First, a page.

Experience the Danish capital between “Wonderful Copenhagen” and the "most liveable city" accolade. Travel twenty-six years back in time to the 90s, when Copenhagen was run-down and populated by students and old ladies in large apartments. A time when people partied against the tragic background of the HIV/AIDS epidemic, when film had to be Danish Dogme, and buffalo shoes and Fly sunglasses were de rigueur on the fashion front.
1996 is also the year that takes us into the heart of a decade that is so close, yet so far away. Take a look back at Copenhagen and Copenhageners – and maybe a time when you were young yourself.
Copenhagen is repeatedly picked out by glossy magazines as a historical and cool Nordic capital whose residents have the highest level of liveability. A city the American actor Danny Kaye in his role as Hans Christian Andersen celebrated in song as “Wonderful, wonderful Copenhagen” back in the fifties. But by the nineties there was very little about Copenhagen that was wonderful. Industries and the middle classes had moved out to the suburbs, leaving behind those who couldn’t afford to move. To turn things around the city took out loans to embark on a large-scale programme of urban regeneration and cultural ventures like Copenhagen 96 - Denmark’s year as European Capital of Culture.
500 Time Capsules with Messages from the Past
The focal point of the exhibition is 500 time capsules created throughout Greater Copenhagen during Copenhagen 96. In clear plexiglass boxes the size of shoeboxes, citizens and institutions alike could choose what they would like to send into the future. The exhibition gives you the chance to explore all 500 of them, but we’ve also picked out some of the most moving, quirky and thought-provoking.
Used Syringes & Mix-CDs
The time capsules are a close encounter with Copenhageners in the 90s. One girl in the 8th grade included a condom, sanitary towel and diary entries, where she wrote:
“After school I went to McDonalds, and when I got home I watched a comedy show on VHS. Bo came over after dinner. BO IS JUST SUPER SUPER GORGEOUS! … We went to Mia’s party together. It was a laugh. I smoked my last cigarette and drank beer and shots, but didn’t need my condom. Now I’m 100% sure me and Bo are going steady. LOTS OF KISSES …”
Some of the time capsules touch on the darker side of Copenhagen in the 90s. A drop-in-centre for women on the streets filled its time capsule with used syringes from addicts in Vesterbro - a far cry from the trendy, kid-friendly neighbourhood it is today.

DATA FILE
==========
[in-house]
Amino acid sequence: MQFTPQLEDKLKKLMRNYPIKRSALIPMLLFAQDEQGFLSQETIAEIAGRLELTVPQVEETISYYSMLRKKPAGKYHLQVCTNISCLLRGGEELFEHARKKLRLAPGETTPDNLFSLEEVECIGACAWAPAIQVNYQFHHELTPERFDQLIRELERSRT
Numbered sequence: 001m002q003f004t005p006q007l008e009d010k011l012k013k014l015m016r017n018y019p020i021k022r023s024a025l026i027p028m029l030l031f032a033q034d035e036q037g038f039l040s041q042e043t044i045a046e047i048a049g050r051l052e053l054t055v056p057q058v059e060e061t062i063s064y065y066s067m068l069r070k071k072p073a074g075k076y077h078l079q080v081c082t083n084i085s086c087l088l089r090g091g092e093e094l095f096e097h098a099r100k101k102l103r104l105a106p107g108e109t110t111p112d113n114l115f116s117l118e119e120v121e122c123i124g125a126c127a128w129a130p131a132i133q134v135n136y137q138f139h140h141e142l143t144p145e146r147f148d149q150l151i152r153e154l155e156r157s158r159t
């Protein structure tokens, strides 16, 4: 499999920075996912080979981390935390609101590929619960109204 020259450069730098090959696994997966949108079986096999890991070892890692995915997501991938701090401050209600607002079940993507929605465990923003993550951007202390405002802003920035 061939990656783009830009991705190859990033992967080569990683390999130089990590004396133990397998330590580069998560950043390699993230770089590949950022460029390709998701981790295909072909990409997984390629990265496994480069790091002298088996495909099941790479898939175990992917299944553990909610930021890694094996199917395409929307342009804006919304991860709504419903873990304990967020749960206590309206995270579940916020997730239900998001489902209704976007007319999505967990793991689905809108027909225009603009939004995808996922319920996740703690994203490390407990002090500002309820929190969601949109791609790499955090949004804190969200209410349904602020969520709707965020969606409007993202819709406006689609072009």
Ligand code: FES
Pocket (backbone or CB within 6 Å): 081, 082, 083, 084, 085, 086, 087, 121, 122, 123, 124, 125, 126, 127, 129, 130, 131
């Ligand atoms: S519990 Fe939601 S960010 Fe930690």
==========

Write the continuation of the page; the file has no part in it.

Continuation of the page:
HIV/AIDS and Silent Disco to 90s Music
The 90s was also the decade when new cultural venues opened in Copenhagen, when the film industry started to thrive, and when stand-up comedy hit the stage for the first time. The exhibition also includes the Dogme Manifesto that put Danish film on the world map, as well as an AIDS quilt for the victims of HIV/AIDS. It was the decade when DJs became superstars. Danish DJ Katrine Ring’s LP case and crazy clothing are part of the exhibition, where you’ll also find one of the first free city bikes in the world. There’s a replica of the counter in the era’s legendary bar Floss, and you can even try silent disco to 90s music in the exhibition’s rave zone.
And before you leave, you get the chance to say what kind of message you would send to the future if you had the chance to make a time capsule of your own.
The exhibition has been created in collaboration with the design company Torden & Lynild, sound designer Arthur van der Zaag, and DJ Katrine Ring.
Kim Bodnia in the movie ‘Pusher’. Photo Morten Constantineanu Bak
DJ Katrine Ring, 1994. Photo Ole Christiansen
Urban renewal in Absalonsgade, Copenhagen, May 26th 1994. Photo Museum of Copenhagen
A rundown Vesterbro with the actor Mads Mikkelsen in the film Pusher
One of the major – and most expensive – developments in Copenhagen in the 90s was urban regeneration. The most intense redevelopment took place in the neighbourhood of Vesterbro. Its transformation from a rundown, working-class area to a trendy area of luxury flats and people who could afford them basically changed the local population.
Some of the time capsules, photographs and exhibits relate to this programme of urban regeneration, which was also a theme of some Danish films made in the 90s, not least Pusher, a film set in Vesterbro with a radical style and brutal content. The use of handheld cameras and filming everything on location within a 500 m radius in Vesterbro pre-empted the Danish Dogme films released in 1998. Pusher was almost an act of homage to the old Vesterbro with its dilapidated flats, murky backyards, gang violence and crime, all of which were still highly visible in 1996. Pusher was also the film that gave international film star Mads Mikkelsen his big break in Denmark.
Time capsules with a multitude of themes
• One time capsule from a college class contains a mobile phone and 3,000 new words printed on overhead transparencies.
• One of Copenhagen’s most popular 90s cafés, Café Sommersko, put pool balls in their time capsule.
• A capsule from a clinic for drug addicts with HIV/AIDS is full of cotton wool, broken eggshells and other symbols.
• A suburban artist group have filled their time capsule with a rolled up Danish flag to symbolise Denmark being swallowed up by the EU - and their opposition to it.
• A Copenhagen theatre has included a CD of Nirvana’s Nevermind.